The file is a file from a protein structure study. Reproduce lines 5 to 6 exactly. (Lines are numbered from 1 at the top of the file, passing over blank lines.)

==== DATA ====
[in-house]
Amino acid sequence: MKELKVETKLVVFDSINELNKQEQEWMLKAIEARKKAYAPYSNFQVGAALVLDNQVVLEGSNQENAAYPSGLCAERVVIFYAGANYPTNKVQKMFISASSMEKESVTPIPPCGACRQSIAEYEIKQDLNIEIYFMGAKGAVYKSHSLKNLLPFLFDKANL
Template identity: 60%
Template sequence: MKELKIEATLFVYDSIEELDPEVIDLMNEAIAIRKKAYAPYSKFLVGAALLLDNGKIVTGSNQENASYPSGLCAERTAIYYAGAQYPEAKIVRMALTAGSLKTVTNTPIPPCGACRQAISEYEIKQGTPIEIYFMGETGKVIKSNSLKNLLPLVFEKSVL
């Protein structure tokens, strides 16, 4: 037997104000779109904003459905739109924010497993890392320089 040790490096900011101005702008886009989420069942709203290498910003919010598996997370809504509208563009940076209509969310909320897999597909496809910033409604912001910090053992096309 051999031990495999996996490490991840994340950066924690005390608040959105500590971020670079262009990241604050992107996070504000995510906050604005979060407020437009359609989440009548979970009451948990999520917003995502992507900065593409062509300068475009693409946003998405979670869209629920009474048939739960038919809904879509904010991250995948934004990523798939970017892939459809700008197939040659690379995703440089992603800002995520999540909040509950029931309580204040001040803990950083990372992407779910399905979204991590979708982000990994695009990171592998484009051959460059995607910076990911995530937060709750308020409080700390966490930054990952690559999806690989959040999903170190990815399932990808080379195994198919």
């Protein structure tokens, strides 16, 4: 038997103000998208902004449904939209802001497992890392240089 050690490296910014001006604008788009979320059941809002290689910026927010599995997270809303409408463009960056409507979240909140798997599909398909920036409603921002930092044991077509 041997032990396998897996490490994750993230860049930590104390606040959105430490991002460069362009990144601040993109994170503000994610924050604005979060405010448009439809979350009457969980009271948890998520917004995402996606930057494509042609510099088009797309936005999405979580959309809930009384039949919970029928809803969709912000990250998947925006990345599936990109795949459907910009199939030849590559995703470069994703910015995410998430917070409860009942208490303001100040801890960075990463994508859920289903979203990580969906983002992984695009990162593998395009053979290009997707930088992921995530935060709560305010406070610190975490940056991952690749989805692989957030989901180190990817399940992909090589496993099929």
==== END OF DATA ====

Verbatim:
């Protein structure tokens, strides 16, 4: 037997104000779109904003459905739109924010497993890392320089 040790490096900011101005702008886009989420069942709203290498910003919010598996997370809504509208563009940076209509969310909320897999597909496809910033409604912001910090053992096309 051999031990495999996996490490991840994340950066924690005390608040959105500590971020670079262009990241604050992107996070504000995510906050604005979060407020437009359609989440009548979970009451948990999520917003995502992507900065593409062509300068475009693409946003998405979670869209629920009474048939739960038919809904879509904010991250995948934004990523798939970017892939459809700008197939040659690379995703440089992603800002995520999540909040509950029931309580204040001040803990950083990372992407779910399905979204991590979708982000990994695009990171592998484009051959460059995607910076990911995530937060709750308020409080700390966490930054990952690559999806690989959040999903170190990815399932990808080379195994198919």
């Protein structure tokens, strides 16, 4: 038997103000998208902004449904939209802001497992890392240089 050690490296910014001006604008788009979320059941809002290689910026927010599995997270809303409408463009960056409507979240909140798997599909398909920036409603921002930092044991077509 041997032990396998897996490490994750993230860049930590104390606040959105430490991002460069362009990144601040993109994170503000994610924050604005979060405010448009439809979350009457969980009271948890998520917004995402996606930057494509042609510099088009797309936005999405979580959309809930009384039949919970029928809803969709912000990250998947925006990345599936990109795949459907910009199939030849590559995703470069994703910015995410998430917070409860009942208490303001100040801890960075990463994508859920289903979203990580969906983002992984695009990162593998395009053979290009997707930088992921995530935060709560305010406070610190975490940056991952690749989805692989957030989901180190990817399940992909090589496993099929």